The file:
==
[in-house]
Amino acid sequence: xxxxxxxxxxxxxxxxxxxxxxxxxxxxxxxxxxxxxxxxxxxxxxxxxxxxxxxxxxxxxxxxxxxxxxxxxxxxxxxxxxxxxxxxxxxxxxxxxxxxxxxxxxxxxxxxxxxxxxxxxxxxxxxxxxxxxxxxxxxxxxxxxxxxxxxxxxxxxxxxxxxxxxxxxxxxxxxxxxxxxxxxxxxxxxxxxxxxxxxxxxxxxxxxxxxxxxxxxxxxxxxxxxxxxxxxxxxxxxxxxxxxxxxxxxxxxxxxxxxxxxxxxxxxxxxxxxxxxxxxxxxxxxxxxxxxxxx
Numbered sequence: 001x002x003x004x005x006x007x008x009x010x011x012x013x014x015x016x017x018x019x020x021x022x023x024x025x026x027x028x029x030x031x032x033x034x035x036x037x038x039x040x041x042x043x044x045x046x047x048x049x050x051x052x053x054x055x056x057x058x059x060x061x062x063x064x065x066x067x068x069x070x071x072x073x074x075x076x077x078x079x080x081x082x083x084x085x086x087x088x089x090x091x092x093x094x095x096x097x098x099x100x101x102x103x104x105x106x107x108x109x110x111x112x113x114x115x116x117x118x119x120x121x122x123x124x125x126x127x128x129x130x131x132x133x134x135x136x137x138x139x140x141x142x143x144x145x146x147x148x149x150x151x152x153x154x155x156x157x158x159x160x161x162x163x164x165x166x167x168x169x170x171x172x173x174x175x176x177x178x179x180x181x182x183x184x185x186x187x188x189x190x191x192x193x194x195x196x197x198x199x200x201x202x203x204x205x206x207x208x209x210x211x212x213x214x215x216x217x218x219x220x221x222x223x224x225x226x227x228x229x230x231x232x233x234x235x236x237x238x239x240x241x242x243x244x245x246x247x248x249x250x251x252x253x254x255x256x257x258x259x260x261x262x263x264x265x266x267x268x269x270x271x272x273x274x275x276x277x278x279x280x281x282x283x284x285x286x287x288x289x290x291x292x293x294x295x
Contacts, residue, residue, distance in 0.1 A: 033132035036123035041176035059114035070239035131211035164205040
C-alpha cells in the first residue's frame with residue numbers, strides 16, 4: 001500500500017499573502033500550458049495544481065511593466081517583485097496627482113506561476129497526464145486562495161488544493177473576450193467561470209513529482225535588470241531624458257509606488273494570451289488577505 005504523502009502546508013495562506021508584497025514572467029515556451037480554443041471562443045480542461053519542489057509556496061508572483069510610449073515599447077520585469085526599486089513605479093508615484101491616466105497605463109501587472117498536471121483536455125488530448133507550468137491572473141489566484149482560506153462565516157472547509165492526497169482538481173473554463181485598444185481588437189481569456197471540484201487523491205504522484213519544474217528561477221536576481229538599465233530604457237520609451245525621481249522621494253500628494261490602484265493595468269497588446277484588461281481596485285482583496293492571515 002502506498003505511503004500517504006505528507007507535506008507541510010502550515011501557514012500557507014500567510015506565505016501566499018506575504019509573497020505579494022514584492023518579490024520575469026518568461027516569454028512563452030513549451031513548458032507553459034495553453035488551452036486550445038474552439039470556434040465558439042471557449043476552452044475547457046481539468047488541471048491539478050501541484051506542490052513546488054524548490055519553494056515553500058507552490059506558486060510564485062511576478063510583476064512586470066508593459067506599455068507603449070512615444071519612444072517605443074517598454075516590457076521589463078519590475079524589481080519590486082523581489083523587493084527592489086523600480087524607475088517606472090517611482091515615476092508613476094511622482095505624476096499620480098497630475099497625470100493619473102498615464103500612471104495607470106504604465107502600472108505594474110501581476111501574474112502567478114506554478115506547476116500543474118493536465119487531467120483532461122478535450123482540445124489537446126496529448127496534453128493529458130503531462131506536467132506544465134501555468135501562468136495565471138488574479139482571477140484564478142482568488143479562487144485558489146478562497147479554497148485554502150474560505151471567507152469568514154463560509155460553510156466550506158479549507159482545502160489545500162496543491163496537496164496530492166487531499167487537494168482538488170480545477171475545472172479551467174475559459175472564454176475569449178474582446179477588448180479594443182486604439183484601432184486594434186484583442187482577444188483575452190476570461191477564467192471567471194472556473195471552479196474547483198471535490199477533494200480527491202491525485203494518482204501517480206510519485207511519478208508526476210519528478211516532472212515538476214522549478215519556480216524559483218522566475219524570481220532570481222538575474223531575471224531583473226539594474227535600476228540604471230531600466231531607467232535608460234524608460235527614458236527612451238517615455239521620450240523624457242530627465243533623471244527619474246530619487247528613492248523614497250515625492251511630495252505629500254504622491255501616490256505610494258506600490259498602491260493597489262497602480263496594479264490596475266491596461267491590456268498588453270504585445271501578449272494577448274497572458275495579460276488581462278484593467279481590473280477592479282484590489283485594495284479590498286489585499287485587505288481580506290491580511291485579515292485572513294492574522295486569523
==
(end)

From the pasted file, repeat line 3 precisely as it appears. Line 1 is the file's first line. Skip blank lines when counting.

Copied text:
Numbered sequence: 001x002x003x004x005x006x007x008x009x010x011x012x013x014x015x016x017x018x019x020x021x022x023x024x025x026x027x028x029x030x031x032x033x034x035x036x037x038x039x040x041x042x043x044x045x046x047x048x049x050x051x052x053x054x055x056x057x058x059x060x061x062x063x064x065x066x067x068x069x070x071x072x073x074x075x076x077x078x079x080x081x082x083x084x085x086x087x088x089x090x091x092x093x094x095x096x097x098x099x100x101x102x103x104x105x106x107x108x109x110x111x112x113x114x115x116x117x118x119x120x121x122x123x124x125x126x127x128x129x130x131x132x133x134x135x136x137x138x139x140x141x142x143x144x145x146x147x148x149x150x151x152x153x154x155x156x157x158x159x160x161x162x163x164x165x166x167x168x169x170x171x172x173x174x175x176x177x178x179x180x181x182x183x184x185x186x187x188x189x190x191x192x193x194x195x196x197x198x199x200x201x202x203x204x205x206x207x208x209x210x211x212x213x214x215x216x217x218x219x220x221x222x223x224x225x226x227x228x229x230x231x232x233x234x235x236x237x238x239x240x241x242x243x244x245x246x247x248x249x250x251x252x253x254x255x256x257x258x259x260x261x262x263x264x265x266x267x268x269x270x271x272x273x274x275x276x277x278x279x280x281x282x283x284x285x286x287x288x289x290x291x292x293x294x295x